Ehrlich turns campaign into feisty counterattack

Faced with unfavorable poll numbers, he talks health care, immigration to rally conservatives for rematch with O'Malley

  • Former Maryland governor and current Republican gubernatorial candidate Robert L. Ehrlich Jr. speaks with the editorial board of The Baltimore Sun.
Former Maryland governor and current Republican gubernatorial… (Kevin Richardson, Baltimore…)
October 30, 2010|By Childs Walker, The Baltimore Sun

The fire in Bob Ehrlich's tone matched the red of his polo shirt.

His friend, former New York Mayor Rudolph Giuliani, had just finished a fierce speech dismissing Democrat Martin O'Malley as the "most anti-business governor in the country." His one-time tea party antagonist, Brian Murphy, sat by the stage offering support.

The Republican candidate for governor seemed in his element, spoiling for a fight.

"He can't market what he's done," Ehrlich shouted to hundreds of supporters against the brilliant autumn backdrop of a Montgomery County farm. "Because he's done nothing!"

Earlier this year, political analysts treated the Ehrlich-O'Malley rematch as a clash of the titans — a rare contest between the sitting governor and his predecessor with polls showing them in a dead heat. But O'Malley pressed his large financial advantage, releasing a barrage of negative advertising against Ehrlich over the summer. And a recent Sun poll showed the incumbent with a 14-point lead among likely voters.

With other surveys producing similar results, Ehrlich has spent the home stretch of his campaign as a brawling underdog, relentlessly attacking O'Malley and trying to tap into national outrage over unemployment, illegal immigration and President Barack Obama's health-care overhaul — issues that have imperiled Democrats in other states.

In nearly every stump speech, Ehrlich, 52, has accused O'Malley of insulting Maryland voters with his advertising. When the two met for a debate on WOLB radio, Ehrlich showed his fighting spirit, honed as a linebacker at Gilman and Princeton and as the first Republican elected governor in Democratic Maryland since the 1960s.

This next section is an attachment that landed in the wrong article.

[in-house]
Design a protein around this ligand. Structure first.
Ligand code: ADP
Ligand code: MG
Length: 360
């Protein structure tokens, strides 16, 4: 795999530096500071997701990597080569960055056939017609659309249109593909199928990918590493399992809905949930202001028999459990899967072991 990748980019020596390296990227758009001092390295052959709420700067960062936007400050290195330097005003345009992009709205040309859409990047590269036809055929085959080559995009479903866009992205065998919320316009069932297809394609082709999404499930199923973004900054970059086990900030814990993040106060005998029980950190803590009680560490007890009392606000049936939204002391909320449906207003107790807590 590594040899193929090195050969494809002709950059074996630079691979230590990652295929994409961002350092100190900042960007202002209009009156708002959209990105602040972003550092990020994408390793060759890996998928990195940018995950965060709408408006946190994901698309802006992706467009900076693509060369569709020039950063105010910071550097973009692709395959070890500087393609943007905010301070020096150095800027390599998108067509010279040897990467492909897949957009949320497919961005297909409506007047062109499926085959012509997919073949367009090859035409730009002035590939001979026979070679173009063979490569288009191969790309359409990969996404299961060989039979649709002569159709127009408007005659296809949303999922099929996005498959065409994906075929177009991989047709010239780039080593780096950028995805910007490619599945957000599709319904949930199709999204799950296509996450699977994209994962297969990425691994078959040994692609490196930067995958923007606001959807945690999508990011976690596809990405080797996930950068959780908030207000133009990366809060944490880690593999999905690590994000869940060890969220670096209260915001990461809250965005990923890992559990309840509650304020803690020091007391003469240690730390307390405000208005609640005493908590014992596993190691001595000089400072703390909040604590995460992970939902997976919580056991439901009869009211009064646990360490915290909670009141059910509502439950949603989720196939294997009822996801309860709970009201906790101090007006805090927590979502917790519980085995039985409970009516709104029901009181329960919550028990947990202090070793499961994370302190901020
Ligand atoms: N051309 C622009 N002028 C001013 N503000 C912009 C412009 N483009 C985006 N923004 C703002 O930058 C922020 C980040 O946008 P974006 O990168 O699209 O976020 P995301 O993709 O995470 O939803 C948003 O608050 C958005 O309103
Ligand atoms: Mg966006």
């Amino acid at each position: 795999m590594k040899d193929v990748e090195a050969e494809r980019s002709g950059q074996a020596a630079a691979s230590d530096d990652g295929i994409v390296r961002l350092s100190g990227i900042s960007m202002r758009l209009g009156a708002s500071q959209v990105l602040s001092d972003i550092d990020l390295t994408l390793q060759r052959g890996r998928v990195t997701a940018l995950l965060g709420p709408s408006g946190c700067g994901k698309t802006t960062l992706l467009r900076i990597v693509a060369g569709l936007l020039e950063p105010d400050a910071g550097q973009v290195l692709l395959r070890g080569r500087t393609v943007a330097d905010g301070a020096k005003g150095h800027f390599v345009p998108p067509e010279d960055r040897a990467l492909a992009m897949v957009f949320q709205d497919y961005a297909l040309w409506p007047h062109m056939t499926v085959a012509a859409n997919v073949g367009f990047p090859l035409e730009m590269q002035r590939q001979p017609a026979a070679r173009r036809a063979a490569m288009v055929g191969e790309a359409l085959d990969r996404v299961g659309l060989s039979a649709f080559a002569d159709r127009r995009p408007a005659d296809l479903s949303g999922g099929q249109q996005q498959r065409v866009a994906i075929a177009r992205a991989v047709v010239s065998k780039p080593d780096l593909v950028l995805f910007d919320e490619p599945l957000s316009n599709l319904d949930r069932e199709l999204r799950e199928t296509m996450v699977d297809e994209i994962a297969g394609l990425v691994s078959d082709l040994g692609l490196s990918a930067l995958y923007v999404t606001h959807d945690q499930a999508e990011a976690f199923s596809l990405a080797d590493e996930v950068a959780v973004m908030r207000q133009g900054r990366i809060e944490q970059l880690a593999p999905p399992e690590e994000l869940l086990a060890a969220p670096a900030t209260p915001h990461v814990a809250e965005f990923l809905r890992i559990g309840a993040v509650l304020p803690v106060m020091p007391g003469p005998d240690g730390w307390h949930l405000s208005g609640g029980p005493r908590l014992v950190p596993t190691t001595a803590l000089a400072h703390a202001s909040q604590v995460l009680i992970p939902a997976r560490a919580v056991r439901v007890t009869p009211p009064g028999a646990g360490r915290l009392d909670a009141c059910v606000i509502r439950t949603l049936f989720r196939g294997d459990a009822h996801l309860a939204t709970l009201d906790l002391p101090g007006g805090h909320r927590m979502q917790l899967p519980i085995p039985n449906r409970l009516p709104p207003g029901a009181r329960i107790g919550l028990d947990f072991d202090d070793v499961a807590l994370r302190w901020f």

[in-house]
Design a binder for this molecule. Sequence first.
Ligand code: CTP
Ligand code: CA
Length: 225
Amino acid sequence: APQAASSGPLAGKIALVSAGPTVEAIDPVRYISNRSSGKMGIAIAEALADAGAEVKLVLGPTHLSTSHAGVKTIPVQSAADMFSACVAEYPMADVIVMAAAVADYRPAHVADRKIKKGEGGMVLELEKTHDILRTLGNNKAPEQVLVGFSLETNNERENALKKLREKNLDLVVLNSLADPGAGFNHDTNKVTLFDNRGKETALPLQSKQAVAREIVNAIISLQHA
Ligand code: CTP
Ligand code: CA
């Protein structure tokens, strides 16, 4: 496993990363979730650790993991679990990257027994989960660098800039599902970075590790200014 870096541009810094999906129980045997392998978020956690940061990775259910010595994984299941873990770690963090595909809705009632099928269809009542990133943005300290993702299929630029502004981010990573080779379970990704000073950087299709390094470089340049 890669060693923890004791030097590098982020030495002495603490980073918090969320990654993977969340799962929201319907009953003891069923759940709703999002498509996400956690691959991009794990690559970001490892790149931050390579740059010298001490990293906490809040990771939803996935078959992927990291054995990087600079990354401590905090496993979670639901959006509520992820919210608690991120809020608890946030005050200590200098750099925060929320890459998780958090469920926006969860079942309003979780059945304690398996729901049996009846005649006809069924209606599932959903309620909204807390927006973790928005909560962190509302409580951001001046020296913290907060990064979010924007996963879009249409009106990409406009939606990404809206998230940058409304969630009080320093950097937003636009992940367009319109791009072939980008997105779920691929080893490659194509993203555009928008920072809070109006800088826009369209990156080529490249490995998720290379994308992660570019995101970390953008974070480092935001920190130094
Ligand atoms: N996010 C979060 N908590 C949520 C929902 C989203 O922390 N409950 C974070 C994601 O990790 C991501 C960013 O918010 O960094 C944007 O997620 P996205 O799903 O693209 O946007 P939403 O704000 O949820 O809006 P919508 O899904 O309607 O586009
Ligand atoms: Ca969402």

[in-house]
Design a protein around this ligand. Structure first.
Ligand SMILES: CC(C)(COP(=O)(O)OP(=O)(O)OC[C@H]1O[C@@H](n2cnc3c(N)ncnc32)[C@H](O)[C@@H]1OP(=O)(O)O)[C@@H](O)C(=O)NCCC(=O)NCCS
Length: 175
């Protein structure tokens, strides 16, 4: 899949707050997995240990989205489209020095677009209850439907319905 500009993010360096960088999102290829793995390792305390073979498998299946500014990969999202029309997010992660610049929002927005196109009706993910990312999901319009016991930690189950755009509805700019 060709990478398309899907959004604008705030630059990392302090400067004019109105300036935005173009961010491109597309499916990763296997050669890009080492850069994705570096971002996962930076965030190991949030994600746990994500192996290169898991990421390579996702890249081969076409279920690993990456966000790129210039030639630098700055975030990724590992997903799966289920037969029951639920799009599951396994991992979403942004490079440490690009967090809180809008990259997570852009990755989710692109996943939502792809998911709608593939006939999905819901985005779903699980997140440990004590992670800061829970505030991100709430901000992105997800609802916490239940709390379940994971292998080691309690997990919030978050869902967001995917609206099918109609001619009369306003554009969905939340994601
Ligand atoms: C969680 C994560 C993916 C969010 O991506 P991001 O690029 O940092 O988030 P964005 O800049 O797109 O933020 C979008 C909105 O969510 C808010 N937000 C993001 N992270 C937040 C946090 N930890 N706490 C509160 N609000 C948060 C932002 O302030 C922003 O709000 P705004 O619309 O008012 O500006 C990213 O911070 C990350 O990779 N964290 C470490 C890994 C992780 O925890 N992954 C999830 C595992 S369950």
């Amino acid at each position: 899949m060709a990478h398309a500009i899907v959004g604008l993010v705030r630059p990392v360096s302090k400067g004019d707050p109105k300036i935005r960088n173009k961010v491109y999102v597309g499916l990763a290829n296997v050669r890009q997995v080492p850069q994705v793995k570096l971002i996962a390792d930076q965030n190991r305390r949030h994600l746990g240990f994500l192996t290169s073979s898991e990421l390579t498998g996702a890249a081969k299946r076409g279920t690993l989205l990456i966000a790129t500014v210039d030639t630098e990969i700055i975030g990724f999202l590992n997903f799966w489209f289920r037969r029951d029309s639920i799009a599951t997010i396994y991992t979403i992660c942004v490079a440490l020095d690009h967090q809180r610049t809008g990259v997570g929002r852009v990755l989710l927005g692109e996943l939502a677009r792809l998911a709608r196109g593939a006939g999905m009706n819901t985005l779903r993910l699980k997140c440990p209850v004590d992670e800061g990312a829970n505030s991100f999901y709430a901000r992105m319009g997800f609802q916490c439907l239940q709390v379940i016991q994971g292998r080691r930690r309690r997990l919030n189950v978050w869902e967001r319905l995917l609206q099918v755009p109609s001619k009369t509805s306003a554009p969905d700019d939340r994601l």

"Enough of this stuff," he told O'Malley, after the Democrat accused him of voting against minority business programs in Congress. "We're not here to look at 15-year-old votes when you don't even know what you're talking about. You don't get to reinvent facts."

And when O'Malley brought up Ehrlich's post-gubernatorial stint as a highly paid lawyer, the Republican said, "It's OK to get a job in the private sector. You're going to be looking for one in a few months."

Since that confrontation 12 days before the election, Ehrlich has grinned and shouted his way through rallies, conceding nothing to the polls. He touts a recent fundraising edge over O'Malley, and internal polls that he says show a much closer race.

During a rally at Leisure World in Silver Spring, Ehrlich told Republican Club members he was done with politics after Democrats dominated the 2008 election.

"There wasn't any reason to run if I couldn't look you in the eye and say, 'We can win,'" he said.

He credited his wife, Kendel, with keeping his mind open and said he changed it altogether because of the enthusiasm he saw at grassroots events in 2009.

"I'm very happy I made the decision," he said

Ehrlich's geographic strategy has been clear. Four years ago, he won 19 of Maryland's 24 jurisdictions but was unable to overcome crushing defeats in Baltimore City and Montgomery and Prince George's counties.

Over much of the last two weeks, he has bounced between Montgomery County, a Democratic stronghold where an improvement of a few points could mean thousands of extra votes, and his political home base of Baltimore County, where he says large turnout and a commanding margin are essential to his chances for victory.

Ehrlich said O'Malley hurt him in Montgomery County with an early barrage of television advertising, portraying the Republican as a lobbyist for the oil industry and attempting to discredit him for claiming fee increases weren't the same as tax increases. But he added that his counterattack, launched with three weeks remaining in the campaign, has begun to pay off, according to internal polls.

Speaking to early voters last weekend in Catonsville, Ehrlich called Baltimore County "the key to winning."

"This is my home so it's personal to me," he said. "It's really personal."

The Arbutus native, speaking from the bed of a pickup truck in a form-fitting Under Armour shirt, delighted in a sign that read, "Hippies for Ehrlich."

Its maker, Christine Koloski, is a former Democrat who runs an energy-healing practice and wore a wreath of flowers to the rally. She said she's worried about the direction of the state and country.

"As a middle-income couple, my husband and I are finding it more difficult to make a decent living," she said. "We're making more money, but we seem to have less and less in our pockets."

Aides say Baltimore County offers "the highest ceiling" for Ehrlich. He hopes to build a decisive margin there in part on the votes of registered Democrats who supported Joe Bartenfelder in the primary race for county executive. It was common during the primary season to see Ehrlich and Bartenfelder signs paired on the same lawns. And Ehrlich has spent significant time wooing blue-collar Democrats who are concerned about unemployment and the impacts of illegal immigration.

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